The Whodunit Mystery

A “whodunit” mystery is a type of detective story in which the main focus is on identifying the perpetrator of a crime. The term “whodunit” is derived from the phrase “who done it?” and is often used to refer to mysteries in which the identity of the perpetrator is the central mystery to be solved.

In a whodunit mystery, the reader or viewer is typically presented with a crime, such as a murder, and a range of suspects who could have committed the crime. The protagonist of the story, usually a detective or amateur sleuth, then uses their skills and knowledge to gather clues and evidence to identify the culprit.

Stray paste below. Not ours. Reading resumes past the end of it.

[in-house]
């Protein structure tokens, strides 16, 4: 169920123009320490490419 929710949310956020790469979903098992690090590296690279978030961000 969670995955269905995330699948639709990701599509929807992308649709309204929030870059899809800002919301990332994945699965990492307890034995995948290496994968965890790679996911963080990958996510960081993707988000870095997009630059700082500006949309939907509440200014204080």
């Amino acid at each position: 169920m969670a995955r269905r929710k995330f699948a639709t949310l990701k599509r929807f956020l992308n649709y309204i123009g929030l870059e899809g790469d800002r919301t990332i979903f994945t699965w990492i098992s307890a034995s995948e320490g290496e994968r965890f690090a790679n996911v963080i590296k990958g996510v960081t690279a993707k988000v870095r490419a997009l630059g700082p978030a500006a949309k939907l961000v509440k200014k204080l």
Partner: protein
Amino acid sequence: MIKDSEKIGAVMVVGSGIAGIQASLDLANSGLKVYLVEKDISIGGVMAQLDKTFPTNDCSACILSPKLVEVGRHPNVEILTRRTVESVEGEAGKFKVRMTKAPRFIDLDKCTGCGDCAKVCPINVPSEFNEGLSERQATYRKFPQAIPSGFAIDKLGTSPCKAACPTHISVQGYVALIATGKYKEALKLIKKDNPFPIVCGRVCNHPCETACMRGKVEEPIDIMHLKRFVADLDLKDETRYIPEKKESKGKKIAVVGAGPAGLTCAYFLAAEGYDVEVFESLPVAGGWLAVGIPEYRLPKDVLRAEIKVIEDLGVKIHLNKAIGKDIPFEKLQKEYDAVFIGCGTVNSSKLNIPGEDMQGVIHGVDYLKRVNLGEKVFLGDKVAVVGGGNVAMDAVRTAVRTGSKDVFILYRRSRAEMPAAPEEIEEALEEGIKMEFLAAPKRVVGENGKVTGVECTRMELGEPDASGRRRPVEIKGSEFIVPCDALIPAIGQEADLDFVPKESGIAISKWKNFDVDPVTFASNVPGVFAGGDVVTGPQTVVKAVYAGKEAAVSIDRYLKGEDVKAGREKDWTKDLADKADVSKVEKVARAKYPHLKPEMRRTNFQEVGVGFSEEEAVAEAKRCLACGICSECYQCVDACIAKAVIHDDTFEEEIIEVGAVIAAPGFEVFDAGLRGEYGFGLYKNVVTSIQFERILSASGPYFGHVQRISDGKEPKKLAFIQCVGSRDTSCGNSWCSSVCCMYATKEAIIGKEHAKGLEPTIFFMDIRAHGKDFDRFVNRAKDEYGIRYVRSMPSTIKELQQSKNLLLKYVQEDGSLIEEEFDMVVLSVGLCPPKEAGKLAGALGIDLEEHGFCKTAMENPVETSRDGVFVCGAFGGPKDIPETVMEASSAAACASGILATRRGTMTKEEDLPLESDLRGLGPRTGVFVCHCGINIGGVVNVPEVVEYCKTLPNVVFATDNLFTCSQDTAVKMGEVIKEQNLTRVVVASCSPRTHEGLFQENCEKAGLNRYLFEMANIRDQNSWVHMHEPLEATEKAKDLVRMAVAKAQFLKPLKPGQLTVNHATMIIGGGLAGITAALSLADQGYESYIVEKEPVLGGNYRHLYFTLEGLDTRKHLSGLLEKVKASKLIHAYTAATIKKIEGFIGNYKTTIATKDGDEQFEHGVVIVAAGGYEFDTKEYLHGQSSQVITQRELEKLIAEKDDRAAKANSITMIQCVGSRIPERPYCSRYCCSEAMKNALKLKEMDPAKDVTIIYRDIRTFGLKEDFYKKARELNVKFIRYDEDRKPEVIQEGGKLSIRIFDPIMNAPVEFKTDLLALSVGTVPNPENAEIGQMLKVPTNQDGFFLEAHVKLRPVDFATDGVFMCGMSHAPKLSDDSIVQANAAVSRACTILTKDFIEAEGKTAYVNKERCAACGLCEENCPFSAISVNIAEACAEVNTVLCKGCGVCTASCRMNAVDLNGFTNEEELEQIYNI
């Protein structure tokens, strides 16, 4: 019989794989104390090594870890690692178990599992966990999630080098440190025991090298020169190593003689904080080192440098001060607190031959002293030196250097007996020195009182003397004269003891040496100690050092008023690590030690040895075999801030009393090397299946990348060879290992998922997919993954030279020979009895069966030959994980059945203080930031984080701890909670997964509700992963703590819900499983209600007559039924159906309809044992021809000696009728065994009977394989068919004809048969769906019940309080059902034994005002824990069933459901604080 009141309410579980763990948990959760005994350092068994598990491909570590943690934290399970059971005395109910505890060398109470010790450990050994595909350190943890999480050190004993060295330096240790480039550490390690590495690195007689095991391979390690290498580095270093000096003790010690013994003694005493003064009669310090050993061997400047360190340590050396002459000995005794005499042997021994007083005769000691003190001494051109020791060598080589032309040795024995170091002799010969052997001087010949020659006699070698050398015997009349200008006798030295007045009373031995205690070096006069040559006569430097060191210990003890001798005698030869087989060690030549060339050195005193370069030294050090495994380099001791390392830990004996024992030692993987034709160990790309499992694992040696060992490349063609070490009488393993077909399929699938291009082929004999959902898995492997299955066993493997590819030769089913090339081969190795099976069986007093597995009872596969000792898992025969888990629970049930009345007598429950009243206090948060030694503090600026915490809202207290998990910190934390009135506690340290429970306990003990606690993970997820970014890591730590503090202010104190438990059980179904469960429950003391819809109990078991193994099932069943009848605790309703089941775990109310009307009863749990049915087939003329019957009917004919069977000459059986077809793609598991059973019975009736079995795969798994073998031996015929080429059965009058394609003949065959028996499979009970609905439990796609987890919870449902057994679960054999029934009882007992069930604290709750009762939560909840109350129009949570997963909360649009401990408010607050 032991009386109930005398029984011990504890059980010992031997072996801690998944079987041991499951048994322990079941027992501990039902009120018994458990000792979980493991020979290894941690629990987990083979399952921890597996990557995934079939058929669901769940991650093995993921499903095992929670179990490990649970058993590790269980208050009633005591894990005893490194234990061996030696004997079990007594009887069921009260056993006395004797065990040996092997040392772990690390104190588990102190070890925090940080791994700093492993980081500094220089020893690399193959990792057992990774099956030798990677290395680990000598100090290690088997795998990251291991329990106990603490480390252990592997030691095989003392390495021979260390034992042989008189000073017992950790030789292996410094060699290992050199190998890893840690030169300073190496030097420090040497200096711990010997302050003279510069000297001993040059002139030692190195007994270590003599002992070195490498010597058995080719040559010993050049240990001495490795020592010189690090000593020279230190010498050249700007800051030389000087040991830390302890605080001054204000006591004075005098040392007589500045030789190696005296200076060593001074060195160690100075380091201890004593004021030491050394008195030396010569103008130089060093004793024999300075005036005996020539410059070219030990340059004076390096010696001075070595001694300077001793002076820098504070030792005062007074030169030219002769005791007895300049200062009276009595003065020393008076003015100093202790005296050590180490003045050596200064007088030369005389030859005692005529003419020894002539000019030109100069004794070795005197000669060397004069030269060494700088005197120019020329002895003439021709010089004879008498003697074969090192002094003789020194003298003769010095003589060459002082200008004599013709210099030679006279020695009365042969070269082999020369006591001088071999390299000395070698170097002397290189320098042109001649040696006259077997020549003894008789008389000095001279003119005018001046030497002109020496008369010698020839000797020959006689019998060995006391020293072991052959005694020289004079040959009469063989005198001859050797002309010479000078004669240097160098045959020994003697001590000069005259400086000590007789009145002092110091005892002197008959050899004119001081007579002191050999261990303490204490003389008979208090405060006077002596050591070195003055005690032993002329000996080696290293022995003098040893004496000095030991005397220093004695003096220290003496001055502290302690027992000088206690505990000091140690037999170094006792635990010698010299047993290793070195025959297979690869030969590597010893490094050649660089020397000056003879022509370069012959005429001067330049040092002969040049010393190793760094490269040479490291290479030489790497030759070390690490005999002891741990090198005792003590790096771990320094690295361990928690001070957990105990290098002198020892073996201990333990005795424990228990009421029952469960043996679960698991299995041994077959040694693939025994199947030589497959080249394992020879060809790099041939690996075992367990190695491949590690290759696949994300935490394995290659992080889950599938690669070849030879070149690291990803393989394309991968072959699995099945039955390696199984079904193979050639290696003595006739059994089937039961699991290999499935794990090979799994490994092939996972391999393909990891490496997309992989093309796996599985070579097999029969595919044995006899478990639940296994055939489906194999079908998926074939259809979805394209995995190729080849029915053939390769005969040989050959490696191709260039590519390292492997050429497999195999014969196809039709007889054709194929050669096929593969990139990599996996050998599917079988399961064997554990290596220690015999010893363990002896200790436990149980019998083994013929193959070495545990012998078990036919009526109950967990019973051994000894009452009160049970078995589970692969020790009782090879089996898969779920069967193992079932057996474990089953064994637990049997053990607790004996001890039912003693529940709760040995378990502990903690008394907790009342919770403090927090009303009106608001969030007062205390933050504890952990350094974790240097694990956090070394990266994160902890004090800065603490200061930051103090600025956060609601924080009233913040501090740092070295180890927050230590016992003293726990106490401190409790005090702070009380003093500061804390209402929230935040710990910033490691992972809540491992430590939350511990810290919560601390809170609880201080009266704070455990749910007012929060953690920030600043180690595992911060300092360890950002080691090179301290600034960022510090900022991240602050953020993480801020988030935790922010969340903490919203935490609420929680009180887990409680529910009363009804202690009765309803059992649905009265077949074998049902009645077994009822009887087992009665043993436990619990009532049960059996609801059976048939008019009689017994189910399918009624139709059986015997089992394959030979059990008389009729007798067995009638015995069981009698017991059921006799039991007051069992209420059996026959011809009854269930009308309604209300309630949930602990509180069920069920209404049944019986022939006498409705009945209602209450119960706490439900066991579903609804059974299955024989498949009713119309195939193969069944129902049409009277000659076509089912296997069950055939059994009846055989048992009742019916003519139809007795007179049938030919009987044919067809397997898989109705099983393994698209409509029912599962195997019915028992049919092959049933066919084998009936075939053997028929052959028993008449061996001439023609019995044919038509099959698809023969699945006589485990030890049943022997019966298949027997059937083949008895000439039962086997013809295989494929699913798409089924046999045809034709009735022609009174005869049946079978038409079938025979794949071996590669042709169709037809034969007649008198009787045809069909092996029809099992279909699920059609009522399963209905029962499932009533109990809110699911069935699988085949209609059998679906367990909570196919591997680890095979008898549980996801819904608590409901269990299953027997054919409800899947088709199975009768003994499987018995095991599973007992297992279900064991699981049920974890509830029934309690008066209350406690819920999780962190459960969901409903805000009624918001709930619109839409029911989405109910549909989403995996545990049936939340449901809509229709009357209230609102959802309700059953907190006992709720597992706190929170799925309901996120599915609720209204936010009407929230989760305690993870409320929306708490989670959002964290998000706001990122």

The genre is characterized by its focus on the puzzle aspect of the mystery, with readers or viewers trying to solve the crime along with the protagonist. The story often features plot twists and red herrings to keep the reader or viewer guessing until the final reveal.

Some of the most famous examples of the whodunit mystery include the works of Agatha Christie, such as Murder on the Orient Express and And Then There Were None. Other notable examples include Arthur Conan Doyle’s Sherlock Holmes stories, the works of Dorothy L. Sayers, and modern mystery writers like Tana French and Paula Hawkins.

Overall, the whodunit mystery is a beloved genre for its intriguing puzzles, memorable characters, and clever plot twists that keep readers and viewers on the edge of their seats until the final reveal.


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